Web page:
There were also concerns raised by the freeholder about the buildings insurance because the freeholder felt the flat would meet their definition of 'over-occupied'.
In the end the freeholder asked us to issue a S21 which the tenants themselves welcomed because it was the only way they were going to get re-housed by the Council.
We cannot comment on your individual case but it might be worth checking with the freeholder that no lease terms or insurance covenants are being breached.

Reluctant Landlord

13:18 PM, 13th September 2022, About 2 years ago

leave everything as is. As long as they are not causing issues that are going to attract the freeholder to contact you about them, then leave well alone.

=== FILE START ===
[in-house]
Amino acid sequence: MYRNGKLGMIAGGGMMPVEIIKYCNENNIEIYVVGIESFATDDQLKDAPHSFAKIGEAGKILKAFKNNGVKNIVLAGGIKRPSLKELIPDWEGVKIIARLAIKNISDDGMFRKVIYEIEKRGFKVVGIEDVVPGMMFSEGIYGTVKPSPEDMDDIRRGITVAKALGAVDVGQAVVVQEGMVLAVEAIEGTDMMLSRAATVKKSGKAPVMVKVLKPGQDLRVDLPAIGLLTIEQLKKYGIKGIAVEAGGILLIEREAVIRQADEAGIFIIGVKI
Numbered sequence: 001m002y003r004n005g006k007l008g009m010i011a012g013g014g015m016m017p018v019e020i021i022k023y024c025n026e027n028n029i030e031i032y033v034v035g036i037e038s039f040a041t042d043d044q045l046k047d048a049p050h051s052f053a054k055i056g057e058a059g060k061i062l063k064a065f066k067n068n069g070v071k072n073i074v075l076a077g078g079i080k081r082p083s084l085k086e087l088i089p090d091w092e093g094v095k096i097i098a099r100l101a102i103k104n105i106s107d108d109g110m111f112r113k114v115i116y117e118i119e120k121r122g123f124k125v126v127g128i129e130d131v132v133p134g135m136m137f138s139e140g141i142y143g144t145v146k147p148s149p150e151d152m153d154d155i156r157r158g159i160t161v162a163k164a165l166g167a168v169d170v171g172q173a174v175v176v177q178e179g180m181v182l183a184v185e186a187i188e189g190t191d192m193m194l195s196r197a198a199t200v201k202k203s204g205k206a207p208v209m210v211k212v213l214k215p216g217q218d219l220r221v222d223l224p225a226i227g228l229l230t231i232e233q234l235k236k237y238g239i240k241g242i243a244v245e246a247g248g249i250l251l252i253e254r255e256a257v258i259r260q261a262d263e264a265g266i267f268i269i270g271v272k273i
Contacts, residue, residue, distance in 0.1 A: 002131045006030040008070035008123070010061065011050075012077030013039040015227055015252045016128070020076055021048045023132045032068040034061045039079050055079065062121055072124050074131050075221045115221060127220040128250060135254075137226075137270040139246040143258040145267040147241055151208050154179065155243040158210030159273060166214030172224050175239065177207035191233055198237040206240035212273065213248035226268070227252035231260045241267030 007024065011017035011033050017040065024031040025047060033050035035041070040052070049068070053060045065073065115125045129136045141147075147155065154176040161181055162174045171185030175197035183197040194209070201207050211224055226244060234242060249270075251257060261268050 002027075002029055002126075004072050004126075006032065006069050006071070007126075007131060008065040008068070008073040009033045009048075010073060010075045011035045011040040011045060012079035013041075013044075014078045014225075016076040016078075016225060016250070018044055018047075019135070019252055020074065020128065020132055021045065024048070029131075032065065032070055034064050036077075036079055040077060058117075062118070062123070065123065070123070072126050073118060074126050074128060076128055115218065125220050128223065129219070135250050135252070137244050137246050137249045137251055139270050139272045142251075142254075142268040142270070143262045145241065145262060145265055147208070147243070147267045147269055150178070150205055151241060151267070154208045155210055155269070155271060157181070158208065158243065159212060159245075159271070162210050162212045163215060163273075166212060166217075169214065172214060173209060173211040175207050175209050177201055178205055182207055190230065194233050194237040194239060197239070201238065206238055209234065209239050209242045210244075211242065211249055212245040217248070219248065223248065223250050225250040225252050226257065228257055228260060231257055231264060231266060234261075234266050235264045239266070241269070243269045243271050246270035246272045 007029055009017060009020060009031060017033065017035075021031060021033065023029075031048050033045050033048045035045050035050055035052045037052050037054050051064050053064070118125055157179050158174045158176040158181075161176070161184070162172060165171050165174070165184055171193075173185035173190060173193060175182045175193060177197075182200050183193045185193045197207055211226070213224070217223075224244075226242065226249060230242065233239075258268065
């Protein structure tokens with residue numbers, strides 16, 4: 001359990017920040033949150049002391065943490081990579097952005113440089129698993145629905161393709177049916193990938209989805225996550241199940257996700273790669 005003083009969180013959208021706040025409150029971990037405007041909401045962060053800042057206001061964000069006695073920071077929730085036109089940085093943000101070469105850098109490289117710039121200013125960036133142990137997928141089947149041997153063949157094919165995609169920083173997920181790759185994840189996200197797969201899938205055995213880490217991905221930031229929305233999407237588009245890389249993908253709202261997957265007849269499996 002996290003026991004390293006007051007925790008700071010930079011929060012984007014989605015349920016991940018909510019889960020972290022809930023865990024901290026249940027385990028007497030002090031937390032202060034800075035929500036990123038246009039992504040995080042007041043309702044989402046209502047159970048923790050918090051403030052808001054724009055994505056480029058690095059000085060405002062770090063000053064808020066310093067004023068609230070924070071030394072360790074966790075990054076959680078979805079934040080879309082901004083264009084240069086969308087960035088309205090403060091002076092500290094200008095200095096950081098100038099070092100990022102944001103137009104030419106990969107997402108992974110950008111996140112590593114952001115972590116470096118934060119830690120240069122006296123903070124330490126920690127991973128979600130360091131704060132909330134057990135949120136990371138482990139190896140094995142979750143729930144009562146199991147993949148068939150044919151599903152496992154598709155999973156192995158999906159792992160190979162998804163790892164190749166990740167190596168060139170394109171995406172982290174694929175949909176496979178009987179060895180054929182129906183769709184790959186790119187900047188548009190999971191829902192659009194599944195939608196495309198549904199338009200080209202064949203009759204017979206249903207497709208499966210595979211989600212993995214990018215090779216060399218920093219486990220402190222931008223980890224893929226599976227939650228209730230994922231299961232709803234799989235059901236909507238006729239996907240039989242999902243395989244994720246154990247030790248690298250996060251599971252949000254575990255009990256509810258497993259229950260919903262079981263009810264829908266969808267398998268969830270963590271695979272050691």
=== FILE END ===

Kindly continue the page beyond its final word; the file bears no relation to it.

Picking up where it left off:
IF they come to you saying they want to move but can't afford to then you can always suggest they get in touch with the council to see if they can help in any way.

That's as far as I would go, unless you have another bigger property you could offer to them (on the basis they could afford that instead of course?)

Unfortunately because of the nature of the anti LL PR, you are now (like us all) worried that everything regarding tenants is down to the LL responsibility to sort. It honestly isn't!

The government brainwashing will not prevail! 😉

Mick Roberts

15:08 PM, 13th September 2022, About 2 years ago

I've had this hundreds of times over the years.

I've had woman with 7 kids one bed flat.
Woman with 10 kids 3 bed house.

I've even used these examples to Licensing & said they overcrowding, tell me to tell them I must evict so I can sell house. Council Selective Licensing only send letter to tenant & say if we don't hear from u in 7 days, we will drop this matter. They han't got no ruddy houses for 'em , so on this occasion rare common sense prevails.

Reluctant Landlord

9:23 AM, 14th September 2022, About 2 years ago